Trade and regional integration of communities and individuals may provide opportunities to improve livelihoods, food security and health. Villagers are already expanding herd diversity and introducing horticulture and market exchange into their livelihood portfolios. This can be done in a sustainable fashion, although it is not always done so now. Current and future development schemes must incorporate maintenance of biodiversity and conservation as necessary components.


Herlocker, D. 1979. Project 3: Impact of human activities and land use practices on grazing lands. Nairobi, Kenya UNEP: Integrated Project in Arid Lands (IPAL).

Fratkin, E. & Roth, E.A. 2005. As pastoralists settle. New York, USA, Kluwer Academic Publishers.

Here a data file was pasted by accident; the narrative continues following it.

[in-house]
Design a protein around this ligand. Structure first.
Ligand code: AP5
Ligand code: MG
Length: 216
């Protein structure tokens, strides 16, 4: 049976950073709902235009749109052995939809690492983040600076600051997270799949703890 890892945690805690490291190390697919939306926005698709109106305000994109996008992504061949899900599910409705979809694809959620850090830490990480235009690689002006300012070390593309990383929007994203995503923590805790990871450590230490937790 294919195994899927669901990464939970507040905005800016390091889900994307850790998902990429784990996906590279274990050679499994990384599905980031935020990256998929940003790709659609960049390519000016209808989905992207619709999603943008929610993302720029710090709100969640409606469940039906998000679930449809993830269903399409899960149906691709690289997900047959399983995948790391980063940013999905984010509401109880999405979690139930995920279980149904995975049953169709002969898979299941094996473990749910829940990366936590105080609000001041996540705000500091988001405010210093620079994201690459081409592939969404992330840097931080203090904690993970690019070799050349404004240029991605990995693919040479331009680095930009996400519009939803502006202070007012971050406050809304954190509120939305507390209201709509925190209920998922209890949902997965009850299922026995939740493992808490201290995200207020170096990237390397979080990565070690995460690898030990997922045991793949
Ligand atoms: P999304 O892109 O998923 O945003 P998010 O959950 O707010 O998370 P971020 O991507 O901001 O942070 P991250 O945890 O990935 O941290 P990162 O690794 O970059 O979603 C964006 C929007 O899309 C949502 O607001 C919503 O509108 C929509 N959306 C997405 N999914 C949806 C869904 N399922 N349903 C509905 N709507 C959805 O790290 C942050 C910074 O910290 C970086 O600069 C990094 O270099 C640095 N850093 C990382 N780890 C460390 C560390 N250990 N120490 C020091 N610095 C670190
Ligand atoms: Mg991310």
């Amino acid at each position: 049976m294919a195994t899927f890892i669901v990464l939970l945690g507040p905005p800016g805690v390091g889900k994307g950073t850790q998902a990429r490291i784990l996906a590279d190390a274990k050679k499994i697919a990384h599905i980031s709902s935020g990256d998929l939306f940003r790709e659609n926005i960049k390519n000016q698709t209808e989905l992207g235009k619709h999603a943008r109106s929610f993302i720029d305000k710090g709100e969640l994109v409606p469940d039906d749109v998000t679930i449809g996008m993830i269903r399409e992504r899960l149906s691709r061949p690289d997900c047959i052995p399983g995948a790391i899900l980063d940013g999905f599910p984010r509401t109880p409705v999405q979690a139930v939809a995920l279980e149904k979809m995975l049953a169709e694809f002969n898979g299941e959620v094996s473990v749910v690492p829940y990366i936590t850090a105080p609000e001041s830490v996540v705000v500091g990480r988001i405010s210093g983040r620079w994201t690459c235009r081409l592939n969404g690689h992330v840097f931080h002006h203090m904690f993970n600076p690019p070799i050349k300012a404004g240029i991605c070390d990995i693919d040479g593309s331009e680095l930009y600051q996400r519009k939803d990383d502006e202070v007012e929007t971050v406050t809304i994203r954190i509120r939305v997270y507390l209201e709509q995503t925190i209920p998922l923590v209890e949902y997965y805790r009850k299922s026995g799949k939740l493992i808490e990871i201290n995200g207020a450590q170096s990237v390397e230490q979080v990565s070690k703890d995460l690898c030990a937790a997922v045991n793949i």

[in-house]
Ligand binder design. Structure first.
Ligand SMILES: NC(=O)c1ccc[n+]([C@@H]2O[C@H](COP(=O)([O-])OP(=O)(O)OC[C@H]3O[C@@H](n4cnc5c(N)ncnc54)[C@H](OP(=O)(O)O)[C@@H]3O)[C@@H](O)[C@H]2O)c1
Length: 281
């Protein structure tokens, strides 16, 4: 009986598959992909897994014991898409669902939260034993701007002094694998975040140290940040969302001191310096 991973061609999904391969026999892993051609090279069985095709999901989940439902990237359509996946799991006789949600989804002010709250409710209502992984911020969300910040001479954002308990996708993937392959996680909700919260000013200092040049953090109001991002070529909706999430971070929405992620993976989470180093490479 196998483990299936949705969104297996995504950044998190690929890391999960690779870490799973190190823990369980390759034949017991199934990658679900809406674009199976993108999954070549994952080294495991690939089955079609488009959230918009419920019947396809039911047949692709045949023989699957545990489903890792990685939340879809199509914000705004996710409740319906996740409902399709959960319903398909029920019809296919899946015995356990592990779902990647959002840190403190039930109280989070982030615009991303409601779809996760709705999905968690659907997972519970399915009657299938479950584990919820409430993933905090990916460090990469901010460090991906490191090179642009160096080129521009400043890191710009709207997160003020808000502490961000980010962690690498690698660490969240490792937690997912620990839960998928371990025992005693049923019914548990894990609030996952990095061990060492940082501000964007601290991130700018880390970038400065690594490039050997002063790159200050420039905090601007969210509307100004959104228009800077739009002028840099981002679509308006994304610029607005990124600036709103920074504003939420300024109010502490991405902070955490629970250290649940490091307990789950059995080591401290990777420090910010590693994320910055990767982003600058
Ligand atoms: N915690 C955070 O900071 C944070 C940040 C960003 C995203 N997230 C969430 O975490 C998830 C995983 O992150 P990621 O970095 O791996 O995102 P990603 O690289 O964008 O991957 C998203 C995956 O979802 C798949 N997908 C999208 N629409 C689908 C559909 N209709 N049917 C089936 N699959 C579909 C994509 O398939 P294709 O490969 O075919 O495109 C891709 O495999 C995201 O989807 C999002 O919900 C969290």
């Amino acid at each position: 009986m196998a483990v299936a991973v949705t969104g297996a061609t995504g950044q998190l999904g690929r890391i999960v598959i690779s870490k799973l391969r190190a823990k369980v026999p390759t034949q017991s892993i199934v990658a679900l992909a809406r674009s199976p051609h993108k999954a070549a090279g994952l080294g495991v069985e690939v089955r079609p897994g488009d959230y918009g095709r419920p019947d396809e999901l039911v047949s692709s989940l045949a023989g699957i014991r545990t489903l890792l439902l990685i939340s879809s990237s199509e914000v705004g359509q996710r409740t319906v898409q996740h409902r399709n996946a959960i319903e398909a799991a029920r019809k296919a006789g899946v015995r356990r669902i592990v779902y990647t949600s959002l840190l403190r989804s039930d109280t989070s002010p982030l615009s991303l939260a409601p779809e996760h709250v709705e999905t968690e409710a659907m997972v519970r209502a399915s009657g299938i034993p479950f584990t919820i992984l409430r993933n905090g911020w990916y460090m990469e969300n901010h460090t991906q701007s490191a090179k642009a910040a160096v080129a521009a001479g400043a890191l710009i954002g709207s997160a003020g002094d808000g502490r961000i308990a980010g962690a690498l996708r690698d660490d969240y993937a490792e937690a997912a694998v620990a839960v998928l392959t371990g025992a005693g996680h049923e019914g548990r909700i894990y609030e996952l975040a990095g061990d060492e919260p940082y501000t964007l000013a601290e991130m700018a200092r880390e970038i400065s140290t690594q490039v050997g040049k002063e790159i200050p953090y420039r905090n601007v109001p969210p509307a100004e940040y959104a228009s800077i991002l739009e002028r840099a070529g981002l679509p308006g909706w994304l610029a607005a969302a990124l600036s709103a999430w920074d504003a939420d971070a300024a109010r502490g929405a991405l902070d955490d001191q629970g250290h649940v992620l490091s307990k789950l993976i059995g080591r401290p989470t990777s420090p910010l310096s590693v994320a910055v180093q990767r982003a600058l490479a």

Fuchs, V.E., Wakefield, R.C., Millard, J.F. & MacInnes, D.G. 1935. The Lake Rudolf rift valley expedition, 1934. The Geographical Journal, 86(2):114–137.

Lewis, J.G. 1977. Report of a short-term consultancy on the grazing ecosystem in the Mt. Kulal Region, Northern Kenya. Project 3: Impact of Human Activities and Land Use Practices on Grazing Lands. IPAL Technical Report E-3. Nairobi, UNEP-MAB.

Synott, T.J. 1979. A report on the status, importance and protection of the montane forests. IPAL Technical Report D-2a. Nairobi, UNESCO.